Classic Computer Magazine Archive COMPUTE! ISSUE 150 / MARCH 1993 / PAGE 105

BCC Avanti 486SLC. (notebook computer) (Hardware Review) (Evaluation)
by Bruce M. Bowden

Just a couple of years ago, a laptop or portable computer had little in common with a desktop model. Essentially, the portables were just make-do, low-power devices used when "real" computers were unavailable. No more! Today, a notebook computer selling for the same price as one of those make-do models of the recent past not only packs the power of a desktop unit but also includes a multitude of enhancements enabling it to serve in both desktop and portable roles. Case in point: the Avanti 486SLC.

The Avanti 486SLC notebook computer from BCC is as aesthetically pleasing as it is powerful--and it's a powerful machine! It's built around the Cyrix 486SLC 25MHz, 32-bit microprocessor, with all the 486 features intact. On board are an 87SLC math coprocessor for those arithmetic-intensive chores, a high-speed cache controller (on-board cache memory is 1K), and an Advanced Power Management (APM) controller. It has a 2 1/2-inch hard drive, with a 19-ms average access time.

Most eye-catching about this notebook PC is its well-thought-out physical design. The soft-touch rubberized case is sleek and stream-lined--both stylish and professional. The contoured shape also makes the unit easy to carry. The 80-key layout is neatly arranged and inclined forward for comfort.

My standard of good design is how well a small keyboard approximates the omnipresent 101-key variety. Minor variations in key size and placement aren't usually a problem, nor is a missing keypad. But I begin throwing fits if major keys are out of place or awkward to actuate. In the case of the Avanti 86SLC, the cursor keys are at the lower right in an inverted-T formation, as they should be. While the Esc, Ctrl, and Alt keys occupy familiar positions, the oft-used Home, Page Down, Page Up, and End keys are accessed as special functions on the cursor keys--a very annoying arrangement.

If you hate notebook keyboards regardless of the cleverness of their design, remember that this is a new era of notebook design. You can still enjoy a full-size keyboard by plugging it into a PS/2-type mini-DIN socket on the side of the computer. The very same plug can accommodate a mouse instead--or both keyboard and mouse using a Y connector supplied with the machine.

You're not really inhibited when it comes to the display, either. The unit's own 10-inch nonglare, triple supertwist, backlit LCD has a 9-1/2-inch viewing area and 1 : 1 aspect ratio. VGA color emulation utilizes 32 shades of gray--a very sharp and adequate emulation, in most cases. You can time the backlighting to go off at a convenient interval. If an LCD isn't to your liking and there's a VGA monitor available, a handy 15-pin video port on the side allows you complete color VGA capability.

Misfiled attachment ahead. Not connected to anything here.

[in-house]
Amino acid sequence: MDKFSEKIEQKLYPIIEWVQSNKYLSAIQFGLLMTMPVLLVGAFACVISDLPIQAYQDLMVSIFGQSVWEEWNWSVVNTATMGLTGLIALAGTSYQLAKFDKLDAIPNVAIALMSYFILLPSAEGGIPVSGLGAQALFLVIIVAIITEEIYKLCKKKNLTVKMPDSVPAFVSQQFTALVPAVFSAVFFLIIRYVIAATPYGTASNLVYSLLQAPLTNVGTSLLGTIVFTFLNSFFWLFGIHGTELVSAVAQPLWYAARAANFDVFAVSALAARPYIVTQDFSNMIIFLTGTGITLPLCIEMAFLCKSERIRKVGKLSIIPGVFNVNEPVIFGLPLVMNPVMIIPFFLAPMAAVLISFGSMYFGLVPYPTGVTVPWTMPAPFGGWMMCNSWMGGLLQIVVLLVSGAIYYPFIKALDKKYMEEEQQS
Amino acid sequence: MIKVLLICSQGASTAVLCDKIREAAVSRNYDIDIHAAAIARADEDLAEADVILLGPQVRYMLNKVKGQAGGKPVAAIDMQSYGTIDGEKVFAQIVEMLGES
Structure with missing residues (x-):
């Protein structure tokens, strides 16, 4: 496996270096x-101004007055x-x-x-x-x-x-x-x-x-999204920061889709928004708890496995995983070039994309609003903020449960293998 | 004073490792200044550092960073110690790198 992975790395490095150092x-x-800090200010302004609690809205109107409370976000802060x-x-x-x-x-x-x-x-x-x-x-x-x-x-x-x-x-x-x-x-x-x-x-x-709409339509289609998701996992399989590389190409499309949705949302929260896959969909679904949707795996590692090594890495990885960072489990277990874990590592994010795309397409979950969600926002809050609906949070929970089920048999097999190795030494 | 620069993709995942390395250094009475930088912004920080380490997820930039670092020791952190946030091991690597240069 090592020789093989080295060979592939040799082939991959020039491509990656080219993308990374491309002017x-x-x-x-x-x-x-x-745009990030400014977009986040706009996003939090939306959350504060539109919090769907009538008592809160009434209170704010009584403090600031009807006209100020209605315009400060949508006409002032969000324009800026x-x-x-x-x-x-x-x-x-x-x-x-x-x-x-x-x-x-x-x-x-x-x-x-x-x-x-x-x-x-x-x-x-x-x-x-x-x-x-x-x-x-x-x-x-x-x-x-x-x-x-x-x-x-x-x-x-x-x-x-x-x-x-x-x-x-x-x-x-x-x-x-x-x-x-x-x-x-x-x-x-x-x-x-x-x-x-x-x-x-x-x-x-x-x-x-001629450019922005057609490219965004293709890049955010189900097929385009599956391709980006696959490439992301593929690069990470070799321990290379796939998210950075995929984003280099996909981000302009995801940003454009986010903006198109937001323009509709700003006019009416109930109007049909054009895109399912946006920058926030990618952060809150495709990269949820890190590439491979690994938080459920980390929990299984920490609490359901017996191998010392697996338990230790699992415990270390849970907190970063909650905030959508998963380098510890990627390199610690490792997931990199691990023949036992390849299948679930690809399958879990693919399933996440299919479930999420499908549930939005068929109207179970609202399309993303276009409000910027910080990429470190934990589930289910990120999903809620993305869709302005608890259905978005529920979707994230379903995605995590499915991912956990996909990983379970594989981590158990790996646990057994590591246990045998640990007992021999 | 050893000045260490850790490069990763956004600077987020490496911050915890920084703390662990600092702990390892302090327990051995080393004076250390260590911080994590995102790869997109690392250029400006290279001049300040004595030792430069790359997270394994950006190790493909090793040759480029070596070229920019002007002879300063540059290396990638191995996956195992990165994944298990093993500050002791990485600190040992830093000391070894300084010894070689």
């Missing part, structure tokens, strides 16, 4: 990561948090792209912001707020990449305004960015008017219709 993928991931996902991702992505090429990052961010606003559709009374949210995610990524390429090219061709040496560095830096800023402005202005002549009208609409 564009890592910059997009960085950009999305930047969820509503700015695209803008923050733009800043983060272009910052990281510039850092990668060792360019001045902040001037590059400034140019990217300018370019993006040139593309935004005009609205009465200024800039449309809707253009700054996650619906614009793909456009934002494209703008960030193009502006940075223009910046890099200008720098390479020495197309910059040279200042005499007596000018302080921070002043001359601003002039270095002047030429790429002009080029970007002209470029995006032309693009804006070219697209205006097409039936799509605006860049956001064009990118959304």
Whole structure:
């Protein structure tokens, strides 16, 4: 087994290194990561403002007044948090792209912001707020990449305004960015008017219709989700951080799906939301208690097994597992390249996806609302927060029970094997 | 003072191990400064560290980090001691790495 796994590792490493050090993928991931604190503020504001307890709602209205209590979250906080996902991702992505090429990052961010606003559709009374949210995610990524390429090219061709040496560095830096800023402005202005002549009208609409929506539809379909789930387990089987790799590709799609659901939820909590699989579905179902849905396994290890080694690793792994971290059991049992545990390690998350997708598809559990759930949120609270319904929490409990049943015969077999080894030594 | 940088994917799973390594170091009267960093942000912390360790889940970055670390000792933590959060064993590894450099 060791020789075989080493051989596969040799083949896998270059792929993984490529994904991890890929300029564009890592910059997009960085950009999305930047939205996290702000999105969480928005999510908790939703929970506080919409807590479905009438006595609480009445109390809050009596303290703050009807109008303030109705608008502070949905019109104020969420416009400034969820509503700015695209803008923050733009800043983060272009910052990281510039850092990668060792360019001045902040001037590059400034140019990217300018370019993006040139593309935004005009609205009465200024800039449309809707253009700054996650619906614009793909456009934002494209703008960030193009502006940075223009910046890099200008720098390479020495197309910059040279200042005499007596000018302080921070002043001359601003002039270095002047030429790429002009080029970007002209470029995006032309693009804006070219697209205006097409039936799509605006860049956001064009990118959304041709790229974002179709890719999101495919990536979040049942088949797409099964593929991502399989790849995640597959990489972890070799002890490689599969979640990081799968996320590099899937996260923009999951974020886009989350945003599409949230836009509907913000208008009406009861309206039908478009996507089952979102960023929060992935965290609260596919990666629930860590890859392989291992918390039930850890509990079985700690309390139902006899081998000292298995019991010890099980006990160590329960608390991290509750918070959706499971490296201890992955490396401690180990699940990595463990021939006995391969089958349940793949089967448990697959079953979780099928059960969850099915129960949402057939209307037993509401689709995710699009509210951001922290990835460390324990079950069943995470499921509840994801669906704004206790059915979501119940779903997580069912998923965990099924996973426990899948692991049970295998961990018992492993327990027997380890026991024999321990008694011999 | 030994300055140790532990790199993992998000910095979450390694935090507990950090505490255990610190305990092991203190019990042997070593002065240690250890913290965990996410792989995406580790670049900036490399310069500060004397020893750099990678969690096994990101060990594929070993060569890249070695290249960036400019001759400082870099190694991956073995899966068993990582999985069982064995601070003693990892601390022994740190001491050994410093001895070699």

In terms of power management--always a consideration with notebook computers--the Avanti 486SLC uses a nicad battery rated at three to six hours under normal use. It can be fully recharged in an hour's time. The speed of the CPU is switched automatically as usage allows. There's sleep-mode shutdown of the CPU, video display, hard disk drive, floppy disk drive, and ports. You have complete control of the intervals before it enters sleep mode.

The power button is recessed at the rear of the right side--easy to reach and use, but unlikely to be depressed accidentally. The socket for the keyboard or mouse is on the right side near the front. The 9-pin RS232C serial port, 25-pin parallel port, and video port are located behind a flip-down hatch at the rear of the left side. The hatch can be something of a problem because it hinges open and lies level with the base of the unit and can't be removed for convenience.

The unit also comes with a 9600-bps fax and 2400-bps data modem. You can receive faxes even while the unit is in sleep or suspend mode.

You get an interesting pointing device which can serve as a mouse substitute. It's a hand-held trackball with measurements of about one inch by one inch, and it consists of the trackball with three buttons. The trackball is a tiny plastic thing which works surprisingly well. Two of the buttons correspond to those of a two-button mouse, while the third serves as a lock for dragging.

Directly below the LCD screen lie LED indicators for power, battery charge, low battery, floppy drive access, hard drive access, caps lock, number lock, and scroll lock. On either side at the base of the LCD panel are the brightness and contrast slider controls.

After a month's frequent but typical use, I timed the battery and power-warning functions. After powering up at full charge, I used the unit only in spurts.

During that time, the hard drive was accessed for no more than a total of 5 minutes. It took two hours and 45 minutes for my first warning beeps to begin. The final warning beep came 10 minutes later; I had just enough time to append a note to a text file and save the file before the computer shut down entirely. After a complete power-down (even the battery-charge indicator went out), it took an hour and 8 minutes for a full recharge.

The unit, with battery, weighs only about six pounds. It's about 8-1/2 inches deep, 11 inches wide, and 2-1/2 inches high.

In other respects, it's hardly a pint-size lightweight. Although there's room for improvement on the keyboard and it powers down awfully quickly, the Avanti 486SLC from BCC does everything a notebook should do--and does it well.